film review

‘Snowden”: The man who confirmed Big Brother is definitely watching us

Posted:  Friday, October 21, 2016 - 4:00pm

Story Location:
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There’s something going on inside the government that’s really wrong and I can’t ignore it. I just want to get this data to the world.” - Edward Snowden quote from the film, “Snowden.”

Whatever your personal belief about Edward Snowden's whistleblowing of surveillance activities of our country's NSA and CIA organizations, Oliver Stone's new film “Snowden” should be on your must see list.

Stone and actor Joseph Gordon-Levitt met with Snowden in Moscow before filming, which took place in Germany because, according to reports, film companies in the U.S. wouldn't touch the project.

The story about the computer genius, former CIA employee, and intelligence contractor for the U.S. government begins in a Hong Kong hotel room, the setting for Laura Poitras' documentary “Citizenfour.” Snowden is there with Poitras, Guardian columnist Glenn Greenwald and Ewan MacAskill, a journalist from Scotland, telling his story and turning over the documentation of it for them to share with the world.

From there we are with Snowden in 2004 when he joined the Army Reserves and is training to be a member of its Special Services Forces. He wanted to be part of the unit “to free people from oppression” - the forces' motto. His plans are dashed when he falls from his upper bunk in the barracks. The doctor tells him that his legs are permanently damaged; carrying an 80-pound pack on his slight frame of 150 pounds caused stress fractures. Snowden asks the doctor when he can return to training and is told he cannot go back. He will be discharged. The doc tells the unhappy Snowden there are other ways he can serve his country.

Snowden goes on to become a security specialist at the University of Maryland, and the CIA in Virginia in the global communications division in 2006. Later there's the “Secret” CIA school where he is trained to be a technology specialist, then it’s on to Geneva as a network securities specialist, and then Hawaii as an employee of Dell to teach military and other personnel how to prevent hacking.

The secondary story line involves his romance with Lindsay Mills (Shailene Woodley), whom he meets through a dating website for geeks. Lindsay is a free-spirited, liberal-minded young woman and challenges Snowden's trust in the U.S. government, support of the military and his political beliefs in general. They are opposites that attract. And last.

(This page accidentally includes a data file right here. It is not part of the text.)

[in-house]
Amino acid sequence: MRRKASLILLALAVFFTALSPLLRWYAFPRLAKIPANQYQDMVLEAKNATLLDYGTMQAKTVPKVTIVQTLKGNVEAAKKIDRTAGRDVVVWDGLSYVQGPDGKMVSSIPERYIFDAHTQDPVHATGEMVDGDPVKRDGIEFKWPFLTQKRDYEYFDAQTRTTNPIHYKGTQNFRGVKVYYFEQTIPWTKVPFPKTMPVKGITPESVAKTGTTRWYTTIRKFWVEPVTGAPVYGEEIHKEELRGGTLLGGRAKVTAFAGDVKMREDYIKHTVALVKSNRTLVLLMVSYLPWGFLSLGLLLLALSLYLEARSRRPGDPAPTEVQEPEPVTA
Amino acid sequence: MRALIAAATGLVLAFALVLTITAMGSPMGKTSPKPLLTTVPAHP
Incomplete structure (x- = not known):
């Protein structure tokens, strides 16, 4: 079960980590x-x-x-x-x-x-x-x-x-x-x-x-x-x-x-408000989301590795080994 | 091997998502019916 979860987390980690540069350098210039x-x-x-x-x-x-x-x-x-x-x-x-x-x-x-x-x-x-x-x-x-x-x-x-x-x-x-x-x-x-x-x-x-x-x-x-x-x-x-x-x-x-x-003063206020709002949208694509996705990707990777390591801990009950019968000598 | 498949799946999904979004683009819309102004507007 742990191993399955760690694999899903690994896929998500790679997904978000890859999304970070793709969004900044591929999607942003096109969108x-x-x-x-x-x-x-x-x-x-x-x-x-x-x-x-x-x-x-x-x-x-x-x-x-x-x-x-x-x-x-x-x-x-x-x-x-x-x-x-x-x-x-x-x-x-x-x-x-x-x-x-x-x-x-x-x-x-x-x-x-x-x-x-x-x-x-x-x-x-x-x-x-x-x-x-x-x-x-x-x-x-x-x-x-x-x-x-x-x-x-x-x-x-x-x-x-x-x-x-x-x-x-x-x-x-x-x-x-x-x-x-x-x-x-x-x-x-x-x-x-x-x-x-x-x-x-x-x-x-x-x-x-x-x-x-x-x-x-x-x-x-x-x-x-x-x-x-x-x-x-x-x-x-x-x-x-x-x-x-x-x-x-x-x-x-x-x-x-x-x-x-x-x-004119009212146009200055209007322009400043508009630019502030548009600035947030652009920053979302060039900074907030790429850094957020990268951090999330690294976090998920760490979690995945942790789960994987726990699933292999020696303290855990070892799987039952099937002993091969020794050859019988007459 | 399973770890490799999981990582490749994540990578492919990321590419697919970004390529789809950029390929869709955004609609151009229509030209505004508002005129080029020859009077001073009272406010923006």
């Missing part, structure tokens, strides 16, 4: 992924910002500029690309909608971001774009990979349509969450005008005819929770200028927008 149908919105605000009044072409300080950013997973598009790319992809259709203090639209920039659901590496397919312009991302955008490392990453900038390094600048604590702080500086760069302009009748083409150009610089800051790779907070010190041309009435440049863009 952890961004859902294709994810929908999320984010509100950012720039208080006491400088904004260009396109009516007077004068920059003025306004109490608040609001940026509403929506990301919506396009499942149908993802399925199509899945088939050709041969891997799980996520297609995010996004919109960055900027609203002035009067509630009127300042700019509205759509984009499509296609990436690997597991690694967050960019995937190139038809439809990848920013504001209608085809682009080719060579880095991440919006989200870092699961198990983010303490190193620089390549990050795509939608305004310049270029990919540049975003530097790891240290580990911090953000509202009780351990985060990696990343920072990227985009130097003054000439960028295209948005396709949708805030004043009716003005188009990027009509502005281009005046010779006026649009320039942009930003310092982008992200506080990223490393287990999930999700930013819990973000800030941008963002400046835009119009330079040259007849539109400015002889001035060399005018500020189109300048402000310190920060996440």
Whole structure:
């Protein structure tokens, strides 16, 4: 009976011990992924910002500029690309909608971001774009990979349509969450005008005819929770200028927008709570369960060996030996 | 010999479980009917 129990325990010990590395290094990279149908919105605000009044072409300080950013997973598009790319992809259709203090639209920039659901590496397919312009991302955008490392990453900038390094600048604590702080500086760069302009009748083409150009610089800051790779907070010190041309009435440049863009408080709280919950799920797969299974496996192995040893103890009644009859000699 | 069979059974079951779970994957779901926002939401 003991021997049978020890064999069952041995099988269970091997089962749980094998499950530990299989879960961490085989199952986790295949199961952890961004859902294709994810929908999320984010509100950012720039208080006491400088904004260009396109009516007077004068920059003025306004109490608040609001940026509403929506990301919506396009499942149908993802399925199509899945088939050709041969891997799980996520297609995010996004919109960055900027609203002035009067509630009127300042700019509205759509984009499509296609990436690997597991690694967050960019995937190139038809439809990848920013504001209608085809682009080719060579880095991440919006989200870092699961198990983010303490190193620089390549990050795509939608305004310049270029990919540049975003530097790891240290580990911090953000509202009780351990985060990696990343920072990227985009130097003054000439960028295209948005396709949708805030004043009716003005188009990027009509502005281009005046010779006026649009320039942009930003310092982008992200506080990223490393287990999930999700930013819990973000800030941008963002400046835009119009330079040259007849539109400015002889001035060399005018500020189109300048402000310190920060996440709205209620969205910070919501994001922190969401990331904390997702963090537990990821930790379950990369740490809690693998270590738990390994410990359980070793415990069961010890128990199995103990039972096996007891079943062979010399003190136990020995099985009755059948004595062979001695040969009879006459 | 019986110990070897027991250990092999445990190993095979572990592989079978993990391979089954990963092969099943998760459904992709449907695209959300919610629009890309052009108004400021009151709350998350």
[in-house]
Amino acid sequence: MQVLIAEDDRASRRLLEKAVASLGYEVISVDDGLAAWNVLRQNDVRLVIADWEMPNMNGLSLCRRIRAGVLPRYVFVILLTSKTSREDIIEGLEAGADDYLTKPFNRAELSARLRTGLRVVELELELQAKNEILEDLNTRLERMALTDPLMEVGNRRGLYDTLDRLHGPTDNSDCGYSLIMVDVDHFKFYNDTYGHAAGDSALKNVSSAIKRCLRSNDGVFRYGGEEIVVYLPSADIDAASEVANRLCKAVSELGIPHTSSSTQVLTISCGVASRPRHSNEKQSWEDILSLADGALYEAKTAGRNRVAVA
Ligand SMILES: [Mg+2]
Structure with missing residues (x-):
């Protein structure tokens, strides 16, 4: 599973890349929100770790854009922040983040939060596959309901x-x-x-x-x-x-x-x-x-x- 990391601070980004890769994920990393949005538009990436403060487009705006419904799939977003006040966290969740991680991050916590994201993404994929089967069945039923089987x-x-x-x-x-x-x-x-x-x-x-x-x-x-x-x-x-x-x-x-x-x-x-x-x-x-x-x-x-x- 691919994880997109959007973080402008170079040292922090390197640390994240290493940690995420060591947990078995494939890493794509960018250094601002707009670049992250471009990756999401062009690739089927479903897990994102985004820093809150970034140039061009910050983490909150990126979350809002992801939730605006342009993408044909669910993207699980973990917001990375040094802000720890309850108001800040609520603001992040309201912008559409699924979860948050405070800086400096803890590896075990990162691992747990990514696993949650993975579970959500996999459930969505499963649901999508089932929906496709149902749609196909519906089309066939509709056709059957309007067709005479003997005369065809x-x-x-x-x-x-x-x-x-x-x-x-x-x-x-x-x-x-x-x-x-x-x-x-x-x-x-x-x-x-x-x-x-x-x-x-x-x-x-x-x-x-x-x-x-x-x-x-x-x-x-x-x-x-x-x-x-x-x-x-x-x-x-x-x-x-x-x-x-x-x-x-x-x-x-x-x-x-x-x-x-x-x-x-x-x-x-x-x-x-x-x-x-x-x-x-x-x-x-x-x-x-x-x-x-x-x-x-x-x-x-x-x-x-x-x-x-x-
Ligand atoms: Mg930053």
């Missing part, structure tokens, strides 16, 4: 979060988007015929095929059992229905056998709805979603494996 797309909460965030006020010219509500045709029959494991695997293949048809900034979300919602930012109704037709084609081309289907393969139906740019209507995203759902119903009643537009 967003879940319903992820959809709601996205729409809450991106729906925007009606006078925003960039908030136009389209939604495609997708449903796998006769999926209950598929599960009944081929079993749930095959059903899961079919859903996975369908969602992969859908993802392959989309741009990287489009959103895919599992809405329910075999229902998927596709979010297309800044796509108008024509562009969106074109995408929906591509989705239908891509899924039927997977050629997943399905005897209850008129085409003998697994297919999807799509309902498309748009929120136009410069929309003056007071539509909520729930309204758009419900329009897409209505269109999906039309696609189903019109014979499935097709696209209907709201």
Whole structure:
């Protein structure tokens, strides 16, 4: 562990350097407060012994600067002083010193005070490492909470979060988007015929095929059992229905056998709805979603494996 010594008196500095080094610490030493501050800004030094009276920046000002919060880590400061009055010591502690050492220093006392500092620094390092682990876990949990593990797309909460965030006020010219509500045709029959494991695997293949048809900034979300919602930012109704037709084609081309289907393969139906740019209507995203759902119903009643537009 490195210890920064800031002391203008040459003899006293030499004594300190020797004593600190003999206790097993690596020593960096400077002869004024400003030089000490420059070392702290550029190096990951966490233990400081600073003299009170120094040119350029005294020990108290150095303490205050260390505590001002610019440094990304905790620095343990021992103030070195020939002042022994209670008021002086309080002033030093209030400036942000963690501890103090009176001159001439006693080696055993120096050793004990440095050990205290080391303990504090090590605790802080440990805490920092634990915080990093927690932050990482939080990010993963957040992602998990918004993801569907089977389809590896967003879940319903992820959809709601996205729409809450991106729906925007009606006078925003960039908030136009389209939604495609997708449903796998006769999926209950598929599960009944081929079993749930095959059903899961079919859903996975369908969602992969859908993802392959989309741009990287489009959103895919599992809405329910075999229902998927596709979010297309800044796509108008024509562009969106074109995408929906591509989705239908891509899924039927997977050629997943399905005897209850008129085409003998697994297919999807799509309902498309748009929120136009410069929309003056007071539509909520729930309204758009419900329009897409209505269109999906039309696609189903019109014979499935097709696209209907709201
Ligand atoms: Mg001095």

As Snowden becomes familiar with tactics used by the CIA, he sees that ethics and principles are not always upheld in the fight against terrorism and that intelligence is also gathered on every American, not just citizens suspected of being affiliated with terrorist organizations. The more he learns, the more troubled Snowden becomes.

In the film, a mission by the CIA in Geneva leads him to resign from the organization; the agency deliberately gets a Swiss banker drunk and then put him behind the wheel of his car. The CIA used Snowden to help ply the man with alcohol and then wanted Snowden to get the banker into his car but he refused. The CIA boss tells Snowden to leave, they would take care of it. After the banker is arrested the CIA comes to see him and offers him a way out – all he has to do is be an informant – if he says no, the dirt dug up on a member of the banker's family would become public knowledge.

Couple this with the knowledge that the U.S. government had surveillance invading the privacy of Americans – every Internet click, every phone conversation, Facebook entry and Tweet – Snowden is burdened by his role in this betrayal of the people. He was working for Big Brother. In an argument with Lindsay he tells her she doesn't know what it's like to feel responsible for so many people. And this is a burden that increasingly comes to bear on his decision to blow the proverbial whistle.

In the film, Deputy Director of the NSA tells Snowden: Most Americans don’t want freedom, they want security.” Replies Snowden: “Except people don’t even know they’ve made that bargain.”

During a birthday party Lindsay throws for him, he collapses into an epileptic fit. The doctor caring for Snowden tells him it is essential that he commits to taking Tegretal and tries to reduce the stress in his life. Snowden doesn't want his mind to be foggy, he needs to be alert and on his game. He knows what he is going to do and is willing to give up his life to do it.

Joseph Gordon-Levitt delivers an outstanding performance in his portrayal of Snowden and Woodley's portrayal of Lindsay Mills is excellent. Another performance that stands out is by Rhys Ifans who plays Corbin O’Brian, Snowden's boss at the CIA.

“Snowden” is playing this week at The Harbor Theatre in Boothbay Harbor. It opens tonight, Friday, Oct. 21 at 7 p.m. and continues at the same time Oct. 22, 23, 25 and 26 with an additional 2 p.m. matinee on Sunday, Oct. 23.

Oliver Stone has made impressive films throughout his career - “J.F.K.,” “Platoon,” “Wall Street,” and “Midnight Express” - “Snowden” is another to add to a distinguished catalog of films.